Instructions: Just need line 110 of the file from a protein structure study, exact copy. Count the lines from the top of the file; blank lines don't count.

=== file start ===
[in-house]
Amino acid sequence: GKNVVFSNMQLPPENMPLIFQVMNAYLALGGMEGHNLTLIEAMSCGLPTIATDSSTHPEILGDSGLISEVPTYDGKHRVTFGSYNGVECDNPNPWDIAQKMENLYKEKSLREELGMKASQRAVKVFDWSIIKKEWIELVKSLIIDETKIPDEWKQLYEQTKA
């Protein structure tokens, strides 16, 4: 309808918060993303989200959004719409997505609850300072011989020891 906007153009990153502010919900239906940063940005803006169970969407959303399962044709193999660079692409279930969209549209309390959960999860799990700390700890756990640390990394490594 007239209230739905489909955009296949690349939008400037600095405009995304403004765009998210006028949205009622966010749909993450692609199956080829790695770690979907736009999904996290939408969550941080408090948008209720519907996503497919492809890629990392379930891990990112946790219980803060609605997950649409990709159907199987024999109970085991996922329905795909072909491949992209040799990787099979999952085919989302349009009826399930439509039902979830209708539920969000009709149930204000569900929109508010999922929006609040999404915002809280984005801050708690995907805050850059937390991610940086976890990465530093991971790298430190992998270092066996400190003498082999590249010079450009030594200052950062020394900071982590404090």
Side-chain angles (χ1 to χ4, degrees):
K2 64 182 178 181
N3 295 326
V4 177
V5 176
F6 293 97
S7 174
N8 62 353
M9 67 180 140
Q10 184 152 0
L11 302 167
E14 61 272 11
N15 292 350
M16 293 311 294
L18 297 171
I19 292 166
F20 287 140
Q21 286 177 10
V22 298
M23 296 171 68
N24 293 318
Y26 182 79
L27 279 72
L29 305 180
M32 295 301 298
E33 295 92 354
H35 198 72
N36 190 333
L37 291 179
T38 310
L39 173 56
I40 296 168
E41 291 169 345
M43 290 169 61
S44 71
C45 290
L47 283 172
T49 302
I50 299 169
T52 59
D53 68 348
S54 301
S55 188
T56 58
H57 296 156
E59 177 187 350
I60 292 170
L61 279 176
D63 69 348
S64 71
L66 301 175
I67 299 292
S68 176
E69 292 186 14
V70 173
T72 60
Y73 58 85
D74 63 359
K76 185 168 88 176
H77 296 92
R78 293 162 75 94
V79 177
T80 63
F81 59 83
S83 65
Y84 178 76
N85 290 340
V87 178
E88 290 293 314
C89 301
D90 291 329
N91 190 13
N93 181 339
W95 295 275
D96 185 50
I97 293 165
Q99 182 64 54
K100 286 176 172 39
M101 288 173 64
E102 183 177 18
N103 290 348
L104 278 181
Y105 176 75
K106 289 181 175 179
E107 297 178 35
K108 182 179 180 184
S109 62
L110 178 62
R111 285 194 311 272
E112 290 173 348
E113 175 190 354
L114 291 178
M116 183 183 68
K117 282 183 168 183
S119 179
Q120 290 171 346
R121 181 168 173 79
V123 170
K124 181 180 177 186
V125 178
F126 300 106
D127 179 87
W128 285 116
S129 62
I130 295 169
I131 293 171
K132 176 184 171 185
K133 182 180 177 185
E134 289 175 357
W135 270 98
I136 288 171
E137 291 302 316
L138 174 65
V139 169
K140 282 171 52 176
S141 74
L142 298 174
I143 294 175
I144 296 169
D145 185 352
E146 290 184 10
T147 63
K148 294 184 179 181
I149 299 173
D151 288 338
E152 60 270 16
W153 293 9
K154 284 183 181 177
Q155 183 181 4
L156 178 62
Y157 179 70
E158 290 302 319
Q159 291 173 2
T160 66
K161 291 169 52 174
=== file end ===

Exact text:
K132 176 184 171 185